Delayed and indirect
feedback
Rates vary based on
circulation and
selectivity

Excerpts from Table 9.2 Persuasive


Capabilities and Limitations of Major
Media (Television)
Large audiences possible
Appeals to many senses
Emotion and attention
possible
Demonstration possible
Very high costs overall

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Long lead time


High clutter
Short message life
Viewers can avoid
exposure with
zapping, etc.
Day-after recall tests
for feedback

Excerpts from Table 9.2 Persuasive


Capabilities and Limitations of Major
Media (Radio)
High geographic and
demographic selectivity
Short lead time
Relatively inexpensive
Good local coverage

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Short exposure time


Audio only
High clutter
Zapping possible
Delayed feedback
through day-after
recall tests

Excerpts from Table 9.2 Persuasive


Capabilities and Limitations of Major
Media (Internet)
Potential for audience
selectivity
Customized tracking
possible and other
feedback tools possible
Useful for branding and
reinforcement of
messages
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Demographic skew to
audience
Very high clutter
Zapping possible
Great variation in
pricing
Privacy concerns

Excerpts from Table 9.2 Persuasive


Capabilities and Limitations of Major
Media (Direct Mail)
High audience selectivity Perception of junk
mail
Personalization possible
Novel, interesting stimuli Feedback possible
through response
possible
High cost per contact
Low clutter

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Excerpts from Table 9.2 Persuasive


Capabilities and Limitations of Major
Media (Direct Marketing)
Development of
Privacy concerns
databases
Measurable responses
High audience selectivity Cost per inquiry, cost
Relatively free of clutter
per sale, revenue per
ad can be calculated

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Table 9.3 Buyer Personalities and


Advertising Strategies

Righteous

Social

Pragmatic

How might advertising be designed


for these three distinct buyer types?
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Involvement Theory and Persuasion


The Elaboration Likelihood Model (ELM)
proposes that marketers use the
central route to persuasion for high
involvement products and the
peripheral route to persuasion for low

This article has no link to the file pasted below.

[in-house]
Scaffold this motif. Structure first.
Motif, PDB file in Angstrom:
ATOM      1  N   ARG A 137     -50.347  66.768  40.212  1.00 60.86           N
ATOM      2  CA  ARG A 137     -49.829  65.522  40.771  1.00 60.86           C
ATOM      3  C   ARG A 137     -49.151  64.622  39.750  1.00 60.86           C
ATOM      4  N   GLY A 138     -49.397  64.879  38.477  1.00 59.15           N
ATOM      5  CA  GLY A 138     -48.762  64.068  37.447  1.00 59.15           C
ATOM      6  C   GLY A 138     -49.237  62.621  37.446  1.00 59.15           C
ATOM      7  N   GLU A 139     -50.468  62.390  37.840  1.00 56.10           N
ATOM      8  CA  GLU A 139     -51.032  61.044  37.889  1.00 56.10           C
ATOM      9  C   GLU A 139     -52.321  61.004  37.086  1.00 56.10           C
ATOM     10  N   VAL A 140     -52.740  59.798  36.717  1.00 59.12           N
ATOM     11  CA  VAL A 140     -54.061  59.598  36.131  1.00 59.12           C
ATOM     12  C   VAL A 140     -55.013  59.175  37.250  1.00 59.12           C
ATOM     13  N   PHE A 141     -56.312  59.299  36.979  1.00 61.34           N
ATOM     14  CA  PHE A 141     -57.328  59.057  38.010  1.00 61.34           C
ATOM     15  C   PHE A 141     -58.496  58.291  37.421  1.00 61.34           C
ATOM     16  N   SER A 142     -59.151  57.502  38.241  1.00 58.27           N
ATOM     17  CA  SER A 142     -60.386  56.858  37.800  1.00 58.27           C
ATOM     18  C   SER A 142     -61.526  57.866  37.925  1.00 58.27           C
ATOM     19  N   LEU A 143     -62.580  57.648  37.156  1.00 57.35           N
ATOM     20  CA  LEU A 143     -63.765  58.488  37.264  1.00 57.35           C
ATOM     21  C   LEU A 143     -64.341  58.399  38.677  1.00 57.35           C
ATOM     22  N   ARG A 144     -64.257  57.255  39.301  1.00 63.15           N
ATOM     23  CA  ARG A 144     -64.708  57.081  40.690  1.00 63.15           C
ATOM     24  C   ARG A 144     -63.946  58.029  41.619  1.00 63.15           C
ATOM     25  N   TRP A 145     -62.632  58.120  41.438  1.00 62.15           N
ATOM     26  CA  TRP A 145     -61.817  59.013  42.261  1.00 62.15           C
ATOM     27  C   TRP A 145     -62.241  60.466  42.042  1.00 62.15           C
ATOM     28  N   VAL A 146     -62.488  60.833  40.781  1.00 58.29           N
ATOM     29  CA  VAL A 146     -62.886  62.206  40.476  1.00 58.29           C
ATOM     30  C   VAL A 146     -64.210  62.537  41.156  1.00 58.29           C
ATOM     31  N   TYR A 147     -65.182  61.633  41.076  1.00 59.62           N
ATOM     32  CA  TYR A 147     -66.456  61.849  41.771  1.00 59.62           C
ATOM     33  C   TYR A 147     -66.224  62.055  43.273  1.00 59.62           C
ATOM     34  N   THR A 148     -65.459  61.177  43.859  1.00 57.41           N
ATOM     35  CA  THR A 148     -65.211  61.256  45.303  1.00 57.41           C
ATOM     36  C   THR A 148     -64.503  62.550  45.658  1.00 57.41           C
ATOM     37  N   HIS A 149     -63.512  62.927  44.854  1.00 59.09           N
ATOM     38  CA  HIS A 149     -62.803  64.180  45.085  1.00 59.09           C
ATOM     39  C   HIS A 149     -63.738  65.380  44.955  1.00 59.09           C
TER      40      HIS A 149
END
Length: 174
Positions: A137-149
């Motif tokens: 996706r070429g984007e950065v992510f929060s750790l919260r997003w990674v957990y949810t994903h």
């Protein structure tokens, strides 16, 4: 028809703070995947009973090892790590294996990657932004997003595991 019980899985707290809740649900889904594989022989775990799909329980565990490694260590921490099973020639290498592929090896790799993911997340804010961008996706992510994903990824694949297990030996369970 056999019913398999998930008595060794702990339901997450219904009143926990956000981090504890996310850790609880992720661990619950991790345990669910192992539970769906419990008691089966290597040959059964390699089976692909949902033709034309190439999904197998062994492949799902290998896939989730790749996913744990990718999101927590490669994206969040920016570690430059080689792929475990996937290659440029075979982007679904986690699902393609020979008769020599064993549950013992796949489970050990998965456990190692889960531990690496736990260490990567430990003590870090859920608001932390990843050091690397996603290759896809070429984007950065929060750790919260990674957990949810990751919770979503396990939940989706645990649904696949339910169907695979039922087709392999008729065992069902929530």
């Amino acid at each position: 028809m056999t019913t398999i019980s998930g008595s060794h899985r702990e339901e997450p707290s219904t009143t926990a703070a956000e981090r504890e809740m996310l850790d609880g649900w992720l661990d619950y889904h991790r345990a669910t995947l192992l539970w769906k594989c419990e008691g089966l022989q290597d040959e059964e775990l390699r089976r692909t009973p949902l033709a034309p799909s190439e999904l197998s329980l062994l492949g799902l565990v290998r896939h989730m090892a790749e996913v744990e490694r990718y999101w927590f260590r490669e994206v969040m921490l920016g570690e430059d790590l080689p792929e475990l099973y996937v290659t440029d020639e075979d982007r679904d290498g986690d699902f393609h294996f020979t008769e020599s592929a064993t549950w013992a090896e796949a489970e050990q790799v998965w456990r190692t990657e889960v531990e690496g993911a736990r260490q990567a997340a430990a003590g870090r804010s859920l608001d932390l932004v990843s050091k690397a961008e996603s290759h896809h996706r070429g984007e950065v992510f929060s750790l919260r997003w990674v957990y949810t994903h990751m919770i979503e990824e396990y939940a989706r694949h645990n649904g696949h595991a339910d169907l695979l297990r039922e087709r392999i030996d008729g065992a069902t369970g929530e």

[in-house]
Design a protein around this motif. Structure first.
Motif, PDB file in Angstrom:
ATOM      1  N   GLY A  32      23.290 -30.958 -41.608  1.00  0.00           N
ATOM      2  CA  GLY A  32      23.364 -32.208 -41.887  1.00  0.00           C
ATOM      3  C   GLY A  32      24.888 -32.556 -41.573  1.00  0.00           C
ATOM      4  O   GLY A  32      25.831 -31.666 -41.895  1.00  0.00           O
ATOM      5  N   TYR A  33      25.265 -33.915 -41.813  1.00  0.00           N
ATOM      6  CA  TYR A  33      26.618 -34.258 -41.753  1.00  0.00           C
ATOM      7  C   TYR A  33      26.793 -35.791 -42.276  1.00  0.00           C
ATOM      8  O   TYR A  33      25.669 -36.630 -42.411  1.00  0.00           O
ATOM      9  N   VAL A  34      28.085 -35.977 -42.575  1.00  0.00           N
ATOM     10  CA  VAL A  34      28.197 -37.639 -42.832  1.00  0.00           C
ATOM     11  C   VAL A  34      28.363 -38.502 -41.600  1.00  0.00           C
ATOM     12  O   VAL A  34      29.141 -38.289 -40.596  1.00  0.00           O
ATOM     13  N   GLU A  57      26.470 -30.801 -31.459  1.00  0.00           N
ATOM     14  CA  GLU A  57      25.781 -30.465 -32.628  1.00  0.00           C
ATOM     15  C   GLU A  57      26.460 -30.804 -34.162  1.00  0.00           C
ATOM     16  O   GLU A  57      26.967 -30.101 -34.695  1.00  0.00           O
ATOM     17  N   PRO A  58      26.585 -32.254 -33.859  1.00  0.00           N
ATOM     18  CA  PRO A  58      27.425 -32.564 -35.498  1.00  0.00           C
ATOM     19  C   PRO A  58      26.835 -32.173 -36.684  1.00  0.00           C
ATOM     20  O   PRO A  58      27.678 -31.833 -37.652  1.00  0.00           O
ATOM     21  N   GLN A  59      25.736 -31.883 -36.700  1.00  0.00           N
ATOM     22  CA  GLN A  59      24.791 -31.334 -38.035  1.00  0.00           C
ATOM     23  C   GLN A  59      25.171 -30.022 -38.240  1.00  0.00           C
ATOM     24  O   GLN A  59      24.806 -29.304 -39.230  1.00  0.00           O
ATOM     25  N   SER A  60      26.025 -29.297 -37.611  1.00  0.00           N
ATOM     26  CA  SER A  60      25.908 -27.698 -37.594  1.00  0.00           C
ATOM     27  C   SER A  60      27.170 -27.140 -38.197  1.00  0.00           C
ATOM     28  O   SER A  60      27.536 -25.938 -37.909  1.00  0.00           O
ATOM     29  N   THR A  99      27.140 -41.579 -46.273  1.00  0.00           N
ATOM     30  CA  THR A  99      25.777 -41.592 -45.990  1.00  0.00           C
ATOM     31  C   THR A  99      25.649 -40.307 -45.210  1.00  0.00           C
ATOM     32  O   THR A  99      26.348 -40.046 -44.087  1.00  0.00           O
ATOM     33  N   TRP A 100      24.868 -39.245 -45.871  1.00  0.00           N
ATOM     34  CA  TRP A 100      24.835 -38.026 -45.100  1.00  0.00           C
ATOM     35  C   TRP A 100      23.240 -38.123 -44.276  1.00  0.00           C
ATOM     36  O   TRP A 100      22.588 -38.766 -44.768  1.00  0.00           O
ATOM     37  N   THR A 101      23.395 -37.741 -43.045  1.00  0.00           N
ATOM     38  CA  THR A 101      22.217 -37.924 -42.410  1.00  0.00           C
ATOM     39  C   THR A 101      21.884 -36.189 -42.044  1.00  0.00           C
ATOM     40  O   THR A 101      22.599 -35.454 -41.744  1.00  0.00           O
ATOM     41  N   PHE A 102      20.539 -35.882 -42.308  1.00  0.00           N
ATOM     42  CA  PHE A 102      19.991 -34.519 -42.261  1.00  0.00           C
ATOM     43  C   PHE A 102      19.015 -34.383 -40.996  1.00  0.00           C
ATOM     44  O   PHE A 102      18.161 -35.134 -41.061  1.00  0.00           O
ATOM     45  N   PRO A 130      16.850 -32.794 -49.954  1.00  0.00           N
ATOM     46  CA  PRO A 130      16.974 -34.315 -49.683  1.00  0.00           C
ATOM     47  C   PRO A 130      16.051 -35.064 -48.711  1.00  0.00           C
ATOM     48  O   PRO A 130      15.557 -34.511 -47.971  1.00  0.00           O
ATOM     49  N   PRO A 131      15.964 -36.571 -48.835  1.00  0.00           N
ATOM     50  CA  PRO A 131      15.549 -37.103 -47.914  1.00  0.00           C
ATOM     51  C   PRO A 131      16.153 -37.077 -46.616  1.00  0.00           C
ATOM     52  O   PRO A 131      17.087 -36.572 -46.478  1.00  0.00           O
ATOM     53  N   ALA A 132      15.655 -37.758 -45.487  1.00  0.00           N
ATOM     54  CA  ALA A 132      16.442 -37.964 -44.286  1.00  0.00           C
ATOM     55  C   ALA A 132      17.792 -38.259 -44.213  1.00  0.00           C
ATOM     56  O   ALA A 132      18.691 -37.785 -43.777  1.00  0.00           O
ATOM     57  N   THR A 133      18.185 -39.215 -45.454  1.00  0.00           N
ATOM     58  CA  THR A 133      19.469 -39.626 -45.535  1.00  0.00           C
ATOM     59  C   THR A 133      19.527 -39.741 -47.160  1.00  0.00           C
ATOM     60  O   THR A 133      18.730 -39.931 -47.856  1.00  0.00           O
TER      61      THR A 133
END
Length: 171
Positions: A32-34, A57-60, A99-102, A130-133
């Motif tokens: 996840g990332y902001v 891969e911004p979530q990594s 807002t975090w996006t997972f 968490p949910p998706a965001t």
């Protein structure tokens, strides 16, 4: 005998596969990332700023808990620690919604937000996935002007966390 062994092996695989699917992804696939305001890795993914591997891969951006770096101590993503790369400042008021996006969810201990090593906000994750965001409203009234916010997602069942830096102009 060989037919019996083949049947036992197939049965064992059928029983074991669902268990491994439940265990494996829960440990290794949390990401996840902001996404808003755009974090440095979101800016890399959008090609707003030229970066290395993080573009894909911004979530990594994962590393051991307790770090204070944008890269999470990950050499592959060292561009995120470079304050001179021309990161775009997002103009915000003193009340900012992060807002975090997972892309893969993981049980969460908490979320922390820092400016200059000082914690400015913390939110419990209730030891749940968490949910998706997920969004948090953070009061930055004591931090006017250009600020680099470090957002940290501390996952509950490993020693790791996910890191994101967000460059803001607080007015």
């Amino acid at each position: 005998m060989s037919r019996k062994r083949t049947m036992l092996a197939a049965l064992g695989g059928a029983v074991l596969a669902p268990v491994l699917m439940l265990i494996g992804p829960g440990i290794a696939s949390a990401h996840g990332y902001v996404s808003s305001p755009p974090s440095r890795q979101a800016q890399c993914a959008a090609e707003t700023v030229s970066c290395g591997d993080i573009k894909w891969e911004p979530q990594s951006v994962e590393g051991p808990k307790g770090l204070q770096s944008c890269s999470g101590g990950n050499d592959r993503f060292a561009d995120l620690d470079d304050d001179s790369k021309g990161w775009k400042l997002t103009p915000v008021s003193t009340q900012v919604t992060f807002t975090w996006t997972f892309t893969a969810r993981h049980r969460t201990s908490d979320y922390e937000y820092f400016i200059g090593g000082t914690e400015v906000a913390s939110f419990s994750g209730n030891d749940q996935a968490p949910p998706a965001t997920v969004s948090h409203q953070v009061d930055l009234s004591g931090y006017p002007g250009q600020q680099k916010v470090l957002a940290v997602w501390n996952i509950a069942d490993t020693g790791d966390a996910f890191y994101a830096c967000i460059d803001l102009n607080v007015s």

involvement products

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Figure 9.5
Central Route
to Persuasion

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Issues in Message Presentation

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Resonance
Message Framing
One-sided Versus Two-sided Messages
Comparative Advertising
Order Effects
Repetition

Figure 9.6
Resonance
in
Advertising

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Figure 9.7
Two-Sided
Appeal

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Figure 9.8 Comparative Advertising

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Figure 9.9
Comparative
Advertising

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Emotional Advertising Appeals


Fear
Humor
Abrasive advertising
Sex in advertising
Audience participation

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Figure 9.10
Humor to
Baby Boomers

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Figure 9.11
Sexual
Appeal

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Table 9.4 Impact of Humor on Advertising


Humor attracts attention.
Humor does not harm comprehension.
Humor is not more effective at increasing persuasion.
Humor does not enhance source credibility.
Humor enhances liking.
Humor that is relevant to the product is superior to humor that is
unrelated to the product.
Audience demographic factors affect the response to humorous
advertising appeals.
The nature of the product affects the appropriateness of a humorous
treatment.
Humor is more effective with existing products than with new
products.
Humor is more appropriate for low-involvement products and feelingoriented products than for high-involvement products.